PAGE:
Moreover and more recently, Notari’s film, A Santanotte (1922), was restored between 2007-2008, piecing together titles explaining the censorship of a multitude of depictions within the film ranging from physical violence to drinking and more.[16] These depictions gave Notari a difficult time with United States censorships as well, though she found success in the United States verified through ads.[17]

Style and themes[edit]

The feature films made by Notari were often based on Neapolitan (especially middle-class women) forms of drama. Notari shifted to the sceneggiata, a hybrid theatrical form drawing on popular dramatic songs and the variety stage, by the early 1920s, and shot on the streets of Naples using non-professional actors.[18] The amateur actors gave realistic vibes to her films, while each of Notari's scenes utilized the street as a natural stage filled with lights, crowds, and their voices alike, rather than shot in a Cinecittà. Notari defined her passionate dramas as part of a series defined by her as grandi lavori popolari (“great popular works”).[19] The Notari's realist touch has been linked to the later neorealist movement. Elvira Notari's work presented a lot of windows representing several aspect, as well as the city being of extreme importance, especially due to her style of location shooting. Further, the city and windows expand on Notari's public and private stories, with nodes to men being part of the public space while the women the domestic space. Though Notari often featured women in the public space, they were often surrounded by men.[20]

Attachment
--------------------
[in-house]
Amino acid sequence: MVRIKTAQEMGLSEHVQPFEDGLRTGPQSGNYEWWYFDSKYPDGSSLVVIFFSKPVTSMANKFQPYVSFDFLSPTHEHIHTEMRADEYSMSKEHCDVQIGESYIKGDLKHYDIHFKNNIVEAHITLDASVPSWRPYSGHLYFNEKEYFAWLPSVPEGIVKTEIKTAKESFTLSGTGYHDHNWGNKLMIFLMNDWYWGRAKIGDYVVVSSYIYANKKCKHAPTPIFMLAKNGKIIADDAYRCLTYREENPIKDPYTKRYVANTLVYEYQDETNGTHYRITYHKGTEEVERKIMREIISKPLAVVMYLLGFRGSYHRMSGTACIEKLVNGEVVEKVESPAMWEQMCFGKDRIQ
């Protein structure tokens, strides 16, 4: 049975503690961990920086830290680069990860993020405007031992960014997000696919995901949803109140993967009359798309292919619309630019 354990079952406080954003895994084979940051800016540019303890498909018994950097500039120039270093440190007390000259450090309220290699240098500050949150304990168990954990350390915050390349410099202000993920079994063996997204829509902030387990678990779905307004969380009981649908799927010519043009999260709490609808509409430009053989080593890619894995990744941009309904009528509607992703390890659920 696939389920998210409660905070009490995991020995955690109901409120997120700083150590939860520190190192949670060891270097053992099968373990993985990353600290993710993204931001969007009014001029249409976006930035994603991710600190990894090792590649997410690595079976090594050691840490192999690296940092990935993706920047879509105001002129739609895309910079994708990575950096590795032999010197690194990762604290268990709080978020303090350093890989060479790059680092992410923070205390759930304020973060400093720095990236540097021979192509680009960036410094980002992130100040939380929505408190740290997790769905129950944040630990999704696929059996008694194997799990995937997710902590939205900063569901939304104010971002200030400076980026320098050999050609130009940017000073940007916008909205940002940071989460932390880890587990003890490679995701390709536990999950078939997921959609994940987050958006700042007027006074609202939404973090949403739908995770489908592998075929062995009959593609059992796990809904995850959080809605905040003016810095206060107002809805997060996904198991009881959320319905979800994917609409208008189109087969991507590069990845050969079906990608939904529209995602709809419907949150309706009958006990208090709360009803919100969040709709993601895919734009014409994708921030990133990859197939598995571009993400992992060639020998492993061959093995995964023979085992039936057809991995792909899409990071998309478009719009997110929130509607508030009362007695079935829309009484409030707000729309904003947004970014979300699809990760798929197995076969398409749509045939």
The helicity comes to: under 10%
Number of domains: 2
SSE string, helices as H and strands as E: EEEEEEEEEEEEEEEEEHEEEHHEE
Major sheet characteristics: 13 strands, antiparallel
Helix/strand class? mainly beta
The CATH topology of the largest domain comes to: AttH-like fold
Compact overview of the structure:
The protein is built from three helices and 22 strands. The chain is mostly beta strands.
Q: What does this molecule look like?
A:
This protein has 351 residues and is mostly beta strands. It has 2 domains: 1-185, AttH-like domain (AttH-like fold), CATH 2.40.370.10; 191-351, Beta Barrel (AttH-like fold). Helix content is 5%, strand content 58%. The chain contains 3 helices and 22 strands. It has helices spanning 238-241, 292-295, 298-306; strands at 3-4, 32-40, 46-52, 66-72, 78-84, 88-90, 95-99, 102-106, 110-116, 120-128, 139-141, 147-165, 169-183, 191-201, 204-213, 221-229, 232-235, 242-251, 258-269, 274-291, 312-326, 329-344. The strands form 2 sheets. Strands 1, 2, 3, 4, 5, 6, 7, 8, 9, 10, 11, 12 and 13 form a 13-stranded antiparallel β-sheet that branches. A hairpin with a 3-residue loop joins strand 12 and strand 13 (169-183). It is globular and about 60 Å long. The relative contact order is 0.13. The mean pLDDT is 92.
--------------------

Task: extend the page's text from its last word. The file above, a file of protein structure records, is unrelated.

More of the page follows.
Later life[edit]

At the end of Dora films in 1930, Elvira and her husband moved on in the film industry through the 1930s. Due to the incoming of sound in films and the rise of censorship, Dora films ended. Though lack of desire and sound may not be the reason she truly retired, but solely on the censorship front.[21] Furthermore, it may also be due to the fact that it was must for Italian filmmakers to move to Rome due to the governments choices and Elvira had no desire to.[22] Elvira moved to Cava de ‘Tirreni, near Salerno, where she retired and eventually passed on December 17, 1946. The Notari’s started a photography equipment store .[23] Later on her husband became a film distributor .[24]


Rosè Angione as Nanninella in "A Santanotte"
Year Title Contribution Notes
1911 Maria Rosa di Santa Flavia Director


1911 Carmela la pazza Director Short
1911 Bufera d'anime Director


1912 La figlia del Vesuvio Director Short
1912 Eroismo di un aviatore militare a Tripoli Director